Jacobys Lane, North Melbourne: Louis Jacobé, arrived in Melbourne from Darmstadt, Germany on December 26 1853, aboard the “Countess of Yarborough; aged 27.
Louis was a master butcher and settled in North Melbourne.
On February 12, 1861 Louis Jacobé married Dorothea and they lived at 10 Arden Street, Hotham Hill (now known as North Melbourne) and later, in 1882, Louis and Dorothea lived at the butcher’s shop at 256 King Street Melbourne.
Henry Jacobé, was their first born on December 21, 1861. Henry took over his father’s flourishing butcher shop in North Melbourne. Henry married Elizabeth and they lived at 18 Chetwynd Street and 256 Franklin Street West Melbourne.
Deliveries of bulk meats were carried out by horses and carts through the laneway, where the shop existed. The laneway became known locally as ‘Jacobys Lane’; a street name that still exists in North Melbourne today. The name Jacobé had origins from France/Germany and had originally been spelt with an ‘e’ acute. It is pronounced ‘Jacobay’ and is often misspelt; ending in ‘y’ or ‘i’, and we think that the Laneway was named after the family.
Kitz Lane, Melbourne is named after Swiss-born Louis Kitz, who arrived in Melbourne with his family aboard the ship Barrackpoore in February 1853. He settled in Geelong and became a watchmaker, jeweller and silversmith. Later he moved back to Melbourne and became a well-known wine merchant, promoting the fledgling Victorian colonial wine industry. Kitz was an innovator - he was one of only 12 subscribers to the first Melbourne telephone directory and it is claimed that he established the cider industry in Australia.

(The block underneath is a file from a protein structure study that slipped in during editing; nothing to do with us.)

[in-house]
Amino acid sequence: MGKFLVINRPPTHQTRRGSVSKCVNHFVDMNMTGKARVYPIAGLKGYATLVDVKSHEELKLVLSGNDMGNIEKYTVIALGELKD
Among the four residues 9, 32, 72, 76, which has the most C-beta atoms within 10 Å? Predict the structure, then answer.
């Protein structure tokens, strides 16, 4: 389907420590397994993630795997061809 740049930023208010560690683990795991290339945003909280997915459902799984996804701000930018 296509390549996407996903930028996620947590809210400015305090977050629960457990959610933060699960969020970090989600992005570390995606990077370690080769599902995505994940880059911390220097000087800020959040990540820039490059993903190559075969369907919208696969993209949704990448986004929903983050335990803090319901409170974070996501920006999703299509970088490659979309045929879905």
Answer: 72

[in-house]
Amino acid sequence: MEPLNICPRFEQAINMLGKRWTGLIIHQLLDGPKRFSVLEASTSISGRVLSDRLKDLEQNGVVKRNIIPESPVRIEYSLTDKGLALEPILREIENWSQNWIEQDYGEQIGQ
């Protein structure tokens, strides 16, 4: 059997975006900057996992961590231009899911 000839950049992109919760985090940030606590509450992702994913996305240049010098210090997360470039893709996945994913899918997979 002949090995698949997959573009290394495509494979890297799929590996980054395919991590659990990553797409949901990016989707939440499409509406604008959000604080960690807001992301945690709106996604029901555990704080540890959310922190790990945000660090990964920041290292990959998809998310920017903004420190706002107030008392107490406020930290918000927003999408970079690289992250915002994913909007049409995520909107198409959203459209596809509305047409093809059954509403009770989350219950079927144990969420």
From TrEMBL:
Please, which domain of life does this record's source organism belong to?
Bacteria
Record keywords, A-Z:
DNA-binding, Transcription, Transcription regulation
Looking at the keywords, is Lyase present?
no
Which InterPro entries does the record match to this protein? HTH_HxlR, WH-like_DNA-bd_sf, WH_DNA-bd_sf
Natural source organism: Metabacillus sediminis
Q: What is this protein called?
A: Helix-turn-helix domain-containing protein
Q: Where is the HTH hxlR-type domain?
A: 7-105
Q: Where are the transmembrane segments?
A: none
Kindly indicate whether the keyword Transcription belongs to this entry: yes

THE NAMING OF THE STREETS
The way we look at the Melbourne of today, with its broad, crowded, well-paved Streets, its fine buildings, its river, wide, navigable, full of shipping, it seems incredible that this is identical with the Melbourne of 150+ years ago.
Then the Yarra or the Burarrung, as the natives called it, was a rather shallow stream, fringed to the water's edge with titree scrub, and rendered most dangerous for navigation by sunken trees and roots. On its banks was a small hamlet containing in 1837 less than 500 people, whose dwellings covered so small a proportion of our Melbourne that people who lived as far out as Lonsdale Street were said literally to "live in the bush."
Such was the state of things when Governor Sir Richard Bourke landed here in March, 1837. The settlement, whose unpronouncable native name of Narrn had been discarded for Captain Sturt's barbarism of Bearbrass, though it was more simply and generally called "the settlement" or "the township," was laid out and surveyed under Governor Bourke. The Governor landed from the Rattlesnake in March, 1837, and almost at once set to work to plan what he considered a model town.